A quick scroll through the Instagram feeds of models turned business owners Steph Smith and Laura Henshaw sees a littering of big smiles, big selfies and a whole lot of time spent in active wear and bikinis.
For anyone else, active wear and bikinis signals leisure time. For these two, it’s their work, their currency and their brand. Henshaw, 24, and Smith, 23, have made the difficult but doable transition from models to business owners, launching Keep It Cleaner in 2016, a business that seeks to educate young girls on fitness and nutrition with an overarching goal of helping them feel comfortable in their own skin. A business that now has health food products stocked in Coles supermarkets right around the country.
It’s not an easy goal, that much is obvious. In a digital realm where social media heightens insecurities and encourages comparison, Smith and Henshaw have embarked on the difficult task of making the virtual world seem a little more real.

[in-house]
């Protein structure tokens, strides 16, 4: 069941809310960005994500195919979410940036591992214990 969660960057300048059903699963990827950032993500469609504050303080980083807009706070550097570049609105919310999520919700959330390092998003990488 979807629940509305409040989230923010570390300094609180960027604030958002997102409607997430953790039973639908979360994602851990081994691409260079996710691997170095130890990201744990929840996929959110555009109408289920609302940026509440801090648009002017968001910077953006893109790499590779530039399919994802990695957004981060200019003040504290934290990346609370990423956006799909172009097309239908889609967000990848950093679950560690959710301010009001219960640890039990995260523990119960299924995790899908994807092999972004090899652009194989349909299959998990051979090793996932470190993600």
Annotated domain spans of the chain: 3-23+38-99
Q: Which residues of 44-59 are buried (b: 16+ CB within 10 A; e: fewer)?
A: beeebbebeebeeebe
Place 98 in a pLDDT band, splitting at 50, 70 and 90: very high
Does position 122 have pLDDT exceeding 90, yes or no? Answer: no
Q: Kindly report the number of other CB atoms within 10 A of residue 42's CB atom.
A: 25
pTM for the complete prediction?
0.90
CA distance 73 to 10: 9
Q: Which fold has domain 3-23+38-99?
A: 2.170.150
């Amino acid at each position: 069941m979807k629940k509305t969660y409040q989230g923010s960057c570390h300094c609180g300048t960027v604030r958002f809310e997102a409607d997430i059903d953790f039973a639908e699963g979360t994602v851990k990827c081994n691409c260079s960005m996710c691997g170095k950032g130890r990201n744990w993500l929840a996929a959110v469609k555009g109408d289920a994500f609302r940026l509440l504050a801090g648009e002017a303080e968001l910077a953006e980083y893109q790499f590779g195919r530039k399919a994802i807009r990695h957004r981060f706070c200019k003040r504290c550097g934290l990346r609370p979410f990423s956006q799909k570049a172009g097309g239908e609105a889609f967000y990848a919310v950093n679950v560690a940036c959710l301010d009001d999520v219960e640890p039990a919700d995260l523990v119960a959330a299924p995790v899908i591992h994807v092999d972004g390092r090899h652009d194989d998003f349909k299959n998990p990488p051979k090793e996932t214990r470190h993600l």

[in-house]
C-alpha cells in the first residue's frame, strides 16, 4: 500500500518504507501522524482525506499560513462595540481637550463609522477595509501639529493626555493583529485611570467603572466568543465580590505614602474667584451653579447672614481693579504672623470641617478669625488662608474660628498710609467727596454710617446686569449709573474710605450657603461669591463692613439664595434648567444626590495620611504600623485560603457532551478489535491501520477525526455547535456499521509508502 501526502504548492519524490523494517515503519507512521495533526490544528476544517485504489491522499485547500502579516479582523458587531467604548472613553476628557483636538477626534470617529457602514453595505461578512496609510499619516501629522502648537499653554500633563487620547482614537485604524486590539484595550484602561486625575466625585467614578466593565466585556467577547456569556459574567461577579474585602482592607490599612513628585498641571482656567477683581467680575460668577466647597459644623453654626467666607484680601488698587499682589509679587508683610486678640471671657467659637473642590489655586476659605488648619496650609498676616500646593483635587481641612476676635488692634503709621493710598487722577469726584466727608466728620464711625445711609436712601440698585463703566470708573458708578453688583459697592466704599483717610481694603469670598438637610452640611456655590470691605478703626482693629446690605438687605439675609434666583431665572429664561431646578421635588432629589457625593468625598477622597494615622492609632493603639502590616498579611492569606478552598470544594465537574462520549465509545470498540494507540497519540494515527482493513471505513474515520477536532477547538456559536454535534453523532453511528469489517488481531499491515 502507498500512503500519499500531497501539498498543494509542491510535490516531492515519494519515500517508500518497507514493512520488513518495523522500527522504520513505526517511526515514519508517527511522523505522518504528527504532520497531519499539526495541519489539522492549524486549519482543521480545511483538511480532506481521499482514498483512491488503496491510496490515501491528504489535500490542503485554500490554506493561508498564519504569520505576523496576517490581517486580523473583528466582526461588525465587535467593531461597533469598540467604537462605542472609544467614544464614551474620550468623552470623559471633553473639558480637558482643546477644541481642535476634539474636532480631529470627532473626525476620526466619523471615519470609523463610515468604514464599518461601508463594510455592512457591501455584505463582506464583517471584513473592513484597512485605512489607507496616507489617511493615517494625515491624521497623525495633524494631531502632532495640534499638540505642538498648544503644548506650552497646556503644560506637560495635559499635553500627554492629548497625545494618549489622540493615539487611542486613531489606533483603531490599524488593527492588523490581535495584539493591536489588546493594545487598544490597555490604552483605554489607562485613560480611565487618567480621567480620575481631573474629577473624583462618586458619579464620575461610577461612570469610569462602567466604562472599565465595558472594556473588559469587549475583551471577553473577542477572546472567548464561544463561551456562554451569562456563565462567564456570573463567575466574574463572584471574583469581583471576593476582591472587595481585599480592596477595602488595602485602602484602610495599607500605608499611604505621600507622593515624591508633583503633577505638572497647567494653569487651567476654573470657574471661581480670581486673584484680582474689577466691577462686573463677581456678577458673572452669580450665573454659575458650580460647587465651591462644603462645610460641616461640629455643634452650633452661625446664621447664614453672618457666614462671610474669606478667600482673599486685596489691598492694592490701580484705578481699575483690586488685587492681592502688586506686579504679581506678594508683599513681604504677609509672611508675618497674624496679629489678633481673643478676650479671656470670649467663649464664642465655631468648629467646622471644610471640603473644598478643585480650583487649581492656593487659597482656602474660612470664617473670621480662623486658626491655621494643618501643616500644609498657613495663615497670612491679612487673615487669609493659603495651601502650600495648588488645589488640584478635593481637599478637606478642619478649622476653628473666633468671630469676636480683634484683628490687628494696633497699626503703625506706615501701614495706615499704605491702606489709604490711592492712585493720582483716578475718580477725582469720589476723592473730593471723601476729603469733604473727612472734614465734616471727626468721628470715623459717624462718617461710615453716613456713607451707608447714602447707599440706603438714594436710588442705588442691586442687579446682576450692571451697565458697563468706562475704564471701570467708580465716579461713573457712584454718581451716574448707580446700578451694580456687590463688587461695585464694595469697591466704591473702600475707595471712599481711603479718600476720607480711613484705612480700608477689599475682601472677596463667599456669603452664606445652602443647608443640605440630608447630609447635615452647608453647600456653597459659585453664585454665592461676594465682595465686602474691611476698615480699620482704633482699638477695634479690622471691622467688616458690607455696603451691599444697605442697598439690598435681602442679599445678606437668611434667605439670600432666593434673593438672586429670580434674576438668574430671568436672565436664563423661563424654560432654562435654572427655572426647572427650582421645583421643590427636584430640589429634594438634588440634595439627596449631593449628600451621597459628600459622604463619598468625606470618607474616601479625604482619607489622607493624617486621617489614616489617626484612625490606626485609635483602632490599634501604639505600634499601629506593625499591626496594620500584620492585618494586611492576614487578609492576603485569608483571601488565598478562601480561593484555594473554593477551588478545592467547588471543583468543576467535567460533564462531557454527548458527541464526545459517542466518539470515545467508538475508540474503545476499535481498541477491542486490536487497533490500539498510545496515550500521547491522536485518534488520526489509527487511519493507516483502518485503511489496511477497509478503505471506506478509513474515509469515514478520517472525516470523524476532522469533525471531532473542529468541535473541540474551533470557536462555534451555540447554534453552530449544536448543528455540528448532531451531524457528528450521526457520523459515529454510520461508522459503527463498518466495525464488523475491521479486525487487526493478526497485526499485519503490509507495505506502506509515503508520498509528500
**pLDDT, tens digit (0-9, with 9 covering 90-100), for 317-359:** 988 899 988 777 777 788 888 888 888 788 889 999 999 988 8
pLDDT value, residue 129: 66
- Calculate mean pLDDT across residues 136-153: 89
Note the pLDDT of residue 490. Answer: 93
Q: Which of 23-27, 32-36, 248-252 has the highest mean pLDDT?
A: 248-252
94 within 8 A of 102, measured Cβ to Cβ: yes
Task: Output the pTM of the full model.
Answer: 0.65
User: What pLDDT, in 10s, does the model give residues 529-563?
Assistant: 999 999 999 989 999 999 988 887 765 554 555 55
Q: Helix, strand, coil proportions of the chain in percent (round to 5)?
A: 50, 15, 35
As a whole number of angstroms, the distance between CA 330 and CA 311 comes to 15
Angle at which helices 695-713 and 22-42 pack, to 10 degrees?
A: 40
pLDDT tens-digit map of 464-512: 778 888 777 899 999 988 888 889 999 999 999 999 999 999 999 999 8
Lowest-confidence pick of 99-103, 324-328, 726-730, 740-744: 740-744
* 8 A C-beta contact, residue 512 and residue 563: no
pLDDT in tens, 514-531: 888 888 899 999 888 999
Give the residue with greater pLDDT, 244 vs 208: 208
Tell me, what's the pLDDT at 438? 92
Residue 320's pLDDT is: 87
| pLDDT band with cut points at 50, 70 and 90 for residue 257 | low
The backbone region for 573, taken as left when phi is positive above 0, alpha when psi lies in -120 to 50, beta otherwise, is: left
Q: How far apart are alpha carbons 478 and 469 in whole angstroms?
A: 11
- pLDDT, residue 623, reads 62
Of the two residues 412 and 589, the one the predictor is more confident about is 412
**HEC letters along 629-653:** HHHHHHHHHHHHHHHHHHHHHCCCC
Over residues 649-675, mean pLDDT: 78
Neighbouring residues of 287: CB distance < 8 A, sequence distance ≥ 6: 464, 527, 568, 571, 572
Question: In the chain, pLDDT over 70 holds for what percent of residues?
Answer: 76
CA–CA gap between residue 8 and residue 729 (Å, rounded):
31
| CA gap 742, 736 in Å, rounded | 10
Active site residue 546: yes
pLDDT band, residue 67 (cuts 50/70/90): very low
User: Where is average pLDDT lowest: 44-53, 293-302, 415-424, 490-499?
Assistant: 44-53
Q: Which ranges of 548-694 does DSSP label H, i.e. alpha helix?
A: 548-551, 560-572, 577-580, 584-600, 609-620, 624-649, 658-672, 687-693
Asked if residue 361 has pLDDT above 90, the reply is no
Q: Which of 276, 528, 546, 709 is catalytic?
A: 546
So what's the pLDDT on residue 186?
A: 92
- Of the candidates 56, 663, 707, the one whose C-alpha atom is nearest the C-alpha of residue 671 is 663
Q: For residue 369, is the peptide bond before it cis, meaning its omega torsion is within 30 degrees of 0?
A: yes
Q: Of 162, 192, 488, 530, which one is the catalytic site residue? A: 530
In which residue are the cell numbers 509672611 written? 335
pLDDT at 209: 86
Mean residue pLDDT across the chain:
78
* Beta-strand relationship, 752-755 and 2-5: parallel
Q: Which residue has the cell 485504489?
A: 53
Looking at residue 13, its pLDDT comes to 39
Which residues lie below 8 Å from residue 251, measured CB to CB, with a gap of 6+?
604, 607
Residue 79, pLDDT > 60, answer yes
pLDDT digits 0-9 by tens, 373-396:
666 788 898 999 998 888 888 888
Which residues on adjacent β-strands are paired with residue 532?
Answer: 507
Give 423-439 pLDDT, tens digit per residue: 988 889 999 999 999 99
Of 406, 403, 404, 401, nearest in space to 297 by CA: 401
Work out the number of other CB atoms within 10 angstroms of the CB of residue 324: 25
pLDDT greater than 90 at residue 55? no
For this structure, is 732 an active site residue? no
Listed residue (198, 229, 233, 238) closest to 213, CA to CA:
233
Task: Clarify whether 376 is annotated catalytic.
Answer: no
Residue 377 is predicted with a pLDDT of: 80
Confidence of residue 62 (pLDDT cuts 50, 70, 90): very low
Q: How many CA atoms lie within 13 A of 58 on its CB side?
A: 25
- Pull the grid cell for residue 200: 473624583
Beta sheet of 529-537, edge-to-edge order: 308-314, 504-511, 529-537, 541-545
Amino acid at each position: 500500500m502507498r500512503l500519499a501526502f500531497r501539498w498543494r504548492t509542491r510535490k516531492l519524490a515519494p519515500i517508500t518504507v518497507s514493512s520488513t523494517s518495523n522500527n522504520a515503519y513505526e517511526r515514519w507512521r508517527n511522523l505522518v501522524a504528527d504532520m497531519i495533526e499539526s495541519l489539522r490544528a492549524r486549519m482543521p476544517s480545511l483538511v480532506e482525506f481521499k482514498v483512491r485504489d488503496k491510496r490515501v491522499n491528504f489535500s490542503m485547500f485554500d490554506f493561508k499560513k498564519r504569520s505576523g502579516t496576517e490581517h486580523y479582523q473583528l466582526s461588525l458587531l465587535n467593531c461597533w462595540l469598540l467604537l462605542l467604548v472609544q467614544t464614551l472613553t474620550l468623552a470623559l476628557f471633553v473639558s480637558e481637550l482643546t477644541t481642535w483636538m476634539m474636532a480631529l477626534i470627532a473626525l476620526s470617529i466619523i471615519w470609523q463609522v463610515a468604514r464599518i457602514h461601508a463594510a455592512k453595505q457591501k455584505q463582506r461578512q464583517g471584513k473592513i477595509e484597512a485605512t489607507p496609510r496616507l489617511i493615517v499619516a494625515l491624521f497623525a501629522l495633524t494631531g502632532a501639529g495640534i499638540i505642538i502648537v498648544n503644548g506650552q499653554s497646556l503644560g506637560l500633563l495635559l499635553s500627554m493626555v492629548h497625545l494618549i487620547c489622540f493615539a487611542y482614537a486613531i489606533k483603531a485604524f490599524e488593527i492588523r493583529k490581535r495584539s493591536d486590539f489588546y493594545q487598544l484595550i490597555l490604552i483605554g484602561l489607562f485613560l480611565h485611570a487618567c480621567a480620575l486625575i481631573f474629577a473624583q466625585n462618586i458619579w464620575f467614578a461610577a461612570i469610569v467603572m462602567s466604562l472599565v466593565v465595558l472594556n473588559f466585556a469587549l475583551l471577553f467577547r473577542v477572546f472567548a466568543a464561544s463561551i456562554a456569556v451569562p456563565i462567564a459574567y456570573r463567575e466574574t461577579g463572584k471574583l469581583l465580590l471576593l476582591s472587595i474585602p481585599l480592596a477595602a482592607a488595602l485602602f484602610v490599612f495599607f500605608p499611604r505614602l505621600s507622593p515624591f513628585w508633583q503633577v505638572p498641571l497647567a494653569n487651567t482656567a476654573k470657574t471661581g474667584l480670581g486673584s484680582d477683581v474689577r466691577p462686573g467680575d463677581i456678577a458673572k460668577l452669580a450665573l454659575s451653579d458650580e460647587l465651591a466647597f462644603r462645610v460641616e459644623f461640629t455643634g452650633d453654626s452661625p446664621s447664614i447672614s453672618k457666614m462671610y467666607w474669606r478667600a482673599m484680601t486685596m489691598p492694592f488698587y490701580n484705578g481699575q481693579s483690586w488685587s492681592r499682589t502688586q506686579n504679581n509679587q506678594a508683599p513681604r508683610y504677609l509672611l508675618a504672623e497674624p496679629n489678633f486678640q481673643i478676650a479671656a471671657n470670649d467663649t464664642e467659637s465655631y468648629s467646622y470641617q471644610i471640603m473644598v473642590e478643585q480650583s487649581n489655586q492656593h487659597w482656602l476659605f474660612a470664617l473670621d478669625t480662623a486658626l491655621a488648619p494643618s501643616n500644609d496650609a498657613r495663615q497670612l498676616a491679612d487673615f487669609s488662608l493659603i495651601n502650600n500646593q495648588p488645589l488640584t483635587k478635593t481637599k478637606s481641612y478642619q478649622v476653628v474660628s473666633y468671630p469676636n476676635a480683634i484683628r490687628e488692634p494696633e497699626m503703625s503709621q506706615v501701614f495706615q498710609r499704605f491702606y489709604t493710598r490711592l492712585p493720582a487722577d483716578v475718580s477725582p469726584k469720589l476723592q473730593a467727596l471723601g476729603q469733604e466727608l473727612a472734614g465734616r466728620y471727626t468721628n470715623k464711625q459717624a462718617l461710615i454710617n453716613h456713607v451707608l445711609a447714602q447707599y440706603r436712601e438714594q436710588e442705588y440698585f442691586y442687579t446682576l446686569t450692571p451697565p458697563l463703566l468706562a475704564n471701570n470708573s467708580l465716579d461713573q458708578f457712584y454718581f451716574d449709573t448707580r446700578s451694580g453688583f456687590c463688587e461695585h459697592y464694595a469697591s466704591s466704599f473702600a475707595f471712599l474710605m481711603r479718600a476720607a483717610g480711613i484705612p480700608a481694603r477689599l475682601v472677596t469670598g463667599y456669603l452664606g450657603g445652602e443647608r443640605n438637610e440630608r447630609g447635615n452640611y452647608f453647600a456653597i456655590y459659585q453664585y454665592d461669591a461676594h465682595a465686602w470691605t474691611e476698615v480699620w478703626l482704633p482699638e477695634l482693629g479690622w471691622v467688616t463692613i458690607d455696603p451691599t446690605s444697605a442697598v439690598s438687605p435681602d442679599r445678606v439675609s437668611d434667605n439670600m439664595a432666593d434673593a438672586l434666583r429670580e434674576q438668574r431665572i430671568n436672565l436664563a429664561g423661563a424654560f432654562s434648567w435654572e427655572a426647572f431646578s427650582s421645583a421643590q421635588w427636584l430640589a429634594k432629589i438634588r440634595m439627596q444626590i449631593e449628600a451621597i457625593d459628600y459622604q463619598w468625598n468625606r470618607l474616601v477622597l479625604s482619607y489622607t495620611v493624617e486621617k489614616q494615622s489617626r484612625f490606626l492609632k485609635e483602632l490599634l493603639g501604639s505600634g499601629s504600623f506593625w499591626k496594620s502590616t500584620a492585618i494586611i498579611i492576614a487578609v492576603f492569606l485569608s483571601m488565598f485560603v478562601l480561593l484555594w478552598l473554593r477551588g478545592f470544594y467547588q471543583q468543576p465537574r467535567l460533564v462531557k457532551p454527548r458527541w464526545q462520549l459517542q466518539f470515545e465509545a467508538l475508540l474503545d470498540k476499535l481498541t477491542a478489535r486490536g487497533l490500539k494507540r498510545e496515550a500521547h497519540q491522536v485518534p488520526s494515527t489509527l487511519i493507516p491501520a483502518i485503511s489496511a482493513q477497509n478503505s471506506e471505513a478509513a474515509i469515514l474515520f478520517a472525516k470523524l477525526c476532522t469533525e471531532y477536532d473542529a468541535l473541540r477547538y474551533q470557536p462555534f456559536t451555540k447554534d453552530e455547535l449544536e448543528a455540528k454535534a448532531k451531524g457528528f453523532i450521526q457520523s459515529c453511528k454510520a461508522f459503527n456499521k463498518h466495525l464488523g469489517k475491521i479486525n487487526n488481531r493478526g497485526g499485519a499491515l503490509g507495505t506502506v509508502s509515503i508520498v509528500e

For the both of them, it’s an experience they feel they can engage with. After all, they know the sting of feeling inadequate doesn’t discriminate, saying they know – too well – the pressure of looking perfect online. And, as they tell Mamamia, that pressure has, in the past, manifested in feeling the need to Photoshop.
“I, one hundred percent, have felt [the pressure to photoshop]. Two or three years ago, I was really strict about the photos I would put up, making sure it was only ever taken from a flattering angle,” Henshaw says.
“In the past I have used apps to remove pimples or whiten my teeth. I suppose my rule now is just not to do it. I have too many young girls following me and as a model I put up enough work shots of me that have been professionally touched up so they don’t need my day to day images to be touched up as well,” she says.